Undercover chats to Matt High, co-director of the legendary Meredith Music Festival, which is celebrating twenty incredible years.
While the festival has been a huge and ongoing success, High and the other organisers have been staunch opponents of the expansionist idea. “It’s very deliberate,” he says, “No question that it could’ve got bigger.” There have been overtures to franchise the festival around the country, but the organisers have consciously kept it small.
“Since the early days our policy was always ‘Better Before Bigger’,” he continues, “Also, because we’ve only got one stage – and deliberately so – we always make sure that the last person through the gate has still got a good campsite and the person at the very back of the amphitheatre didn’t need a screen to see the acts.”
They hit that level many years ago, and now High says that it’s about refining the festival experience, one that makes Meredith legendary. “That’s quite enjoyable,” he says, “It’s like having a classic car engine and tinkering and tinkering until it’s running like a dream.”
One of the most significant complements to the staging of Meredith (and sister festival Golden Plains) is the choice of line-up. Every year people trust the organisers to choose acts that may be unknown, or underground, but are of undeniable quality.
“Without sounding disparaging, there are enough events in Australia for people to go see whatever type of music they want,” he reasons, “We don’t need to be just another stop on the circuit.”
“Meredith was set up to provide a certain space for artists who you don’t see every day, or every week, or even every year.”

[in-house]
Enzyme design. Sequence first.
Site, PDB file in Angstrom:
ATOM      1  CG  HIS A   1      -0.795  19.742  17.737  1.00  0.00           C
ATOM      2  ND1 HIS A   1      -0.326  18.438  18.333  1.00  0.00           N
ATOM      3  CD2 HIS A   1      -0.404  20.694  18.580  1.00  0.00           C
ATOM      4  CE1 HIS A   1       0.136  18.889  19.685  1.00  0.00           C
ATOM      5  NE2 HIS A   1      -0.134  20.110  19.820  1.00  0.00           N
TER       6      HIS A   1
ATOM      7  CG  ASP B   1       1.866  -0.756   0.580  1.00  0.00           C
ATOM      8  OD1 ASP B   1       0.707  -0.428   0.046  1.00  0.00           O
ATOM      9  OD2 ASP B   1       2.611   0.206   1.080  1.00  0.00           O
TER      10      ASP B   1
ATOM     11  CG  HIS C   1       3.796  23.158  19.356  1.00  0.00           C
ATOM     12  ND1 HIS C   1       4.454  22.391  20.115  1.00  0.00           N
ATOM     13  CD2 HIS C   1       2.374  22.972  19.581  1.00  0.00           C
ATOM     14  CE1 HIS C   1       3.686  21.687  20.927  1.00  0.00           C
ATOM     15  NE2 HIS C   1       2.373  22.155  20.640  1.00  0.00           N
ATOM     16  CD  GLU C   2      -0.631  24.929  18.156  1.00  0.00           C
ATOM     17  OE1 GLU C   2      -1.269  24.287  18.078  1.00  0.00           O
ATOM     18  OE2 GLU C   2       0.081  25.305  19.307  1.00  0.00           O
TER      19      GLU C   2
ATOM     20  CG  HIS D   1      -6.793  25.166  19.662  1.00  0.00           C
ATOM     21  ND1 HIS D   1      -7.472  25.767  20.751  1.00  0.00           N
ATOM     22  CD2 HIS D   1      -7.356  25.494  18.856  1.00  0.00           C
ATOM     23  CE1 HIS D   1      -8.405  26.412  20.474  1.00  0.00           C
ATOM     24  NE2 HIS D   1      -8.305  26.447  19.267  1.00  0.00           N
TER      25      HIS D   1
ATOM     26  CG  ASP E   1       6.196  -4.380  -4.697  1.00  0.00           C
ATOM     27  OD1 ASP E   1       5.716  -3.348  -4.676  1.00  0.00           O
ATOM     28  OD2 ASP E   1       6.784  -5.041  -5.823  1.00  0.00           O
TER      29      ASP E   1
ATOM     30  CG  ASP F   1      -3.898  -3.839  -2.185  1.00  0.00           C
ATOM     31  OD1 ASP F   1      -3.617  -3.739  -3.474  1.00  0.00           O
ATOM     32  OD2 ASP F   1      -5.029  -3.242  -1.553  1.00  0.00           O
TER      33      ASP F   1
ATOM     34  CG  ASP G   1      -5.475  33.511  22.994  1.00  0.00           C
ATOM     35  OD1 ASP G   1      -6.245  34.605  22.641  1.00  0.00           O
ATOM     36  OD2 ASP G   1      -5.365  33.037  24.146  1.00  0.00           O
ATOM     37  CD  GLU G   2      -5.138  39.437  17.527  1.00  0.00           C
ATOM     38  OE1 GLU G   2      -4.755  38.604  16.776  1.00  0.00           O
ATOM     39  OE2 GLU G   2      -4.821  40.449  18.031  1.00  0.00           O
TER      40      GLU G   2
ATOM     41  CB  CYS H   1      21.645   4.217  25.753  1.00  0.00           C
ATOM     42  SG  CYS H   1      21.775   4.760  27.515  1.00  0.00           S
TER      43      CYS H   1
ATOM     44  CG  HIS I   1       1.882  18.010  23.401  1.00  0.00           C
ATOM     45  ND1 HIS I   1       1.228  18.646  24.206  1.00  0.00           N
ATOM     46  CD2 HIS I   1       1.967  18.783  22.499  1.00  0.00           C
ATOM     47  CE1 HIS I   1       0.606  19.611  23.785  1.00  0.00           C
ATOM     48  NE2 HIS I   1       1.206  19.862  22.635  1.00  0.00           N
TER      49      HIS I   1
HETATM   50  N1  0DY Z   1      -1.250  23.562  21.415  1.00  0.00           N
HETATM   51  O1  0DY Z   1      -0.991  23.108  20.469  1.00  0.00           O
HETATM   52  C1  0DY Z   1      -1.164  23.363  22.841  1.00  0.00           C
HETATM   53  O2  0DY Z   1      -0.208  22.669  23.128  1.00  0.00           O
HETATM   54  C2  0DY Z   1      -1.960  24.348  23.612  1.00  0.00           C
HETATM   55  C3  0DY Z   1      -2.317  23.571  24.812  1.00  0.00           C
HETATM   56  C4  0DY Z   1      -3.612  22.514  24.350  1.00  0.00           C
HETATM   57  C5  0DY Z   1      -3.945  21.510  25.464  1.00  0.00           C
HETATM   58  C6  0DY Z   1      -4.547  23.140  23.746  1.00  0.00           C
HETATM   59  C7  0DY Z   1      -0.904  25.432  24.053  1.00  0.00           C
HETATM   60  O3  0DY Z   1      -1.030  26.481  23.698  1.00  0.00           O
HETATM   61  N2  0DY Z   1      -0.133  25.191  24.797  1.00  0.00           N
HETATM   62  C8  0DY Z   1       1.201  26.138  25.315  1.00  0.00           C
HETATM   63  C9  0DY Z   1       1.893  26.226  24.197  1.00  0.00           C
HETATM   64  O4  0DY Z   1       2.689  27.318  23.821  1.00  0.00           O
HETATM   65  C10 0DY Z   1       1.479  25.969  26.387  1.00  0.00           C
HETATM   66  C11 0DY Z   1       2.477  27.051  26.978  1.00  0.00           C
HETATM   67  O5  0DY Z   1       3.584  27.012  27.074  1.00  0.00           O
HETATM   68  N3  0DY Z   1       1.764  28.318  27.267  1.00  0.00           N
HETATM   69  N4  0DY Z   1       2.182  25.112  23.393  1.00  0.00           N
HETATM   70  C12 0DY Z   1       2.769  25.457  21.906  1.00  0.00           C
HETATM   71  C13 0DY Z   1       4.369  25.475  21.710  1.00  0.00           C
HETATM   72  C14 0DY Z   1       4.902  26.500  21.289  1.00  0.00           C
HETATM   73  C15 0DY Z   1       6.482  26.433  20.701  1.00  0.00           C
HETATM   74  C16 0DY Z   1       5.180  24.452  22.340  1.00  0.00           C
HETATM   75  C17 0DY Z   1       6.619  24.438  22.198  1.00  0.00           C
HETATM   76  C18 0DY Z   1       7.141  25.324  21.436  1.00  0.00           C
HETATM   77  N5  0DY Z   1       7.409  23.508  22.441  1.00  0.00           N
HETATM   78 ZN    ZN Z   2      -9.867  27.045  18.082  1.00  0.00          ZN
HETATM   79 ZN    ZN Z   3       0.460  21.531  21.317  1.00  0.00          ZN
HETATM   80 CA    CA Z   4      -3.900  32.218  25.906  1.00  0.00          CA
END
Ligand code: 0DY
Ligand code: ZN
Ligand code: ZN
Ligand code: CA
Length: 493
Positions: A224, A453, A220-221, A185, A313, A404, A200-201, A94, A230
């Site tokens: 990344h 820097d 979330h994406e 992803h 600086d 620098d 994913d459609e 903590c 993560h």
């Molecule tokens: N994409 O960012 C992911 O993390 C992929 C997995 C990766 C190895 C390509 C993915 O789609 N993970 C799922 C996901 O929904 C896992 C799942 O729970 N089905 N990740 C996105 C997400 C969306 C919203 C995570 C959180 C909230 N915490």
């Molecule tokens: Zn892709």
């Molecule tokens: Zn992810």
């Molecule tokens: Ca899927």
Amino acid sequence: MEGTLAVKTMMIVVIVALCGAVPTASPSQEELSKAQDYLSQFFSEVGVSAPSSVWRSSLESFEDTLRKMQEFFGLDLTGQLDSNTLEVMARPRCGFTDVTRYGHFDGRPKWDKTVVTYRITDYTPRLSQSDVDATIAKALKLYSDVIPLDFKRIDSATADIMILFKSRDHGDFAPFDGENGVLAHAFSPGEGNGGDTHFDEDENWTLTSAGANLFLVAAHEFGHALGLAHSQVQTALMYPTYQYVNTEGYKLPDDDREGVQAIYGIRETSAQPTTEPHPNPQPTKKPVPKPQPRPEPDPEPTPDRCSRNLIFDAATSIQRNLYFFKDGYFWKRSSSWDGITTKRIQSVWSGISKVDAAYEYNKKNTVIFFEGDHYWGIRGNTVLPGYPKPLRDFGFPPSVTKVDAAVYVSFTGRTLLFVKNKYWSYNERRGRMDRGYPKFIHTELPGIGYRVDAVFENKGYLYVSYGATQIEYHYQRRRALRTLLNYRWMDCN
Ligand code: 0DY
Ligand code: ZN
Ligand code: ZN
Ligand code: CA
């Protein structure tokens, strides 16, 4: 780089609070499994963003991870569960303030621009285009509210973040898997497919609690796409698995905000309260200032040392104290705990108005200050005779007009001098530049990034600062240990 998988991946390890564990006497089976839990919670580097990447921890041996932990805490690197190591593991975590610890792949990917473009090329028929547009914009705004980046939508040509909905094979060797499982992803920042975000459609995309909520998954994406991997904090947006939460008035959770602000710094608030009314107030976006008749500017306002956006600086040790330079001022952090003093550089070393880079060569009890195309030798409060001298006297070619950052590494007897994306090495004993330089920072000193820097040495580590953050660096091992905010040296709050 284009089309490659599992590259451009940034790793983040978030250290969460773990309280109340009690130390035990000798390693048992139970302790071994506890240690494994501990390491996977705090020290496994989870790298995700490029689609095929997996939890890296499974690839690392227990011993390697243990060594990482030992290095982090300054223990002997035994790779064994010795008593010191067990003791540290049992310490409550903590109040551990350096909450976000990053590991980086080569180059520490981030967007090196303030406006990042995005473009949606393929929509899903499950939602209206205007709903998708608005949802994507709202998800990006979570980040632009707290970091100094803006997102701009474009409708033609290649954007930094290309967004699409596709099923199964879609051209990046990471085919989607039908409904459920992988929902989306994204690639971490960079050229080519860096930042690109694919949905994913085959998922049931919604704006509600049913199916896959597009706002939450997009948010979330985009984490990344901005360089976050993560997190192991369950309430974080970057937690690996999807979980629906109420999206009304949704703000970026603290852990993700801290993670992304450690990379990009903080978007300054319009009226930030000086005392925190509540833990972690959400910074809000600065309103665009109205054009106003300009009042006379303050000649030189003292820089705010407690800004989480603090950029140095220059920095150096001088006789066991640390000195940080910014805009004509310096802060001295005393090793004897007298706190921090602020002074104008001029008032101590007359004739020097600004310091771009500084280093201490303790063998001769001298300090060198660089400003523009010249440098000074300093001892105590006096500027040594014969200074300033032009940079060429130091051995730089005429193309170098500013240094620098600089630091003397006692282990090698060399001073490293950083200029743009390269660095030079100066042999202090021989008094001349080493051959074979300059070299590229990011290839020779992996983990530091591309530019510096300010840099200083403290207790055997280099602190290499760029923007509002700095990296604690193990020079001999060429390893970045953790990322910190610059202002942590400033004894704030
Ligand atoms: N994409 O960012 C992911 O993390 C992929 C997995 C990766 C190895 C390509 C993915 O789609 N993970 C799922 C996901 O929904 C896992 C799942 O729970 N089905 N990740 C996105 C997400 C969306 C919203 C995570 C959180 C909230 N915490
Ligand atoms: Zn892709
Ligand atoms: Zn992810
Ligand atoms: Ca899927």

“Years ago we realised that people loved the festival as much as the line-up,” he notes, “So then we started getting more adventurous with the line-up and not really putting acts that sell tickets at the top of the priority list. We found that not only was it more fresh and exciting for us, but the whole crowd got really turned on by it as well.”
Over the years, the Meredith and Golden Plains line-ups have become somewhat of a tip sheet to music fans looking for the best new tunes.
Often, local promoters will pitch out new acts to them, like Band Of Horses and The Shins, far before they become big indie names. On a more personal level, massive Husker Du fan High loved getting Bob Mould, “Having him on stage playing a few songs from Candy Apple Grey was really really good.”
He also raves about The Church’s set at Golden Plains, “I’m personally a massive fan and seeing a whole lot of people younger than me responding to The Church was pretty cool”. He also notes Cornelius and Girl Talk as highlights.
This, the twentieth year of Meredith, is sure to see scintillating sets from Meredith veterans The Dirty Three, the soul revue of Sharon Jones And The Dap Kings, icon Neil Finn, Atlanta rap duo Clipse, underground pub rock legends Hoss, retro rockers Little Red, cranky UK genius Mark E Smith and The Fall, and scores more.
But Matt’s best tip for this (and every) year: BRING GUMBOOTS! And have fun.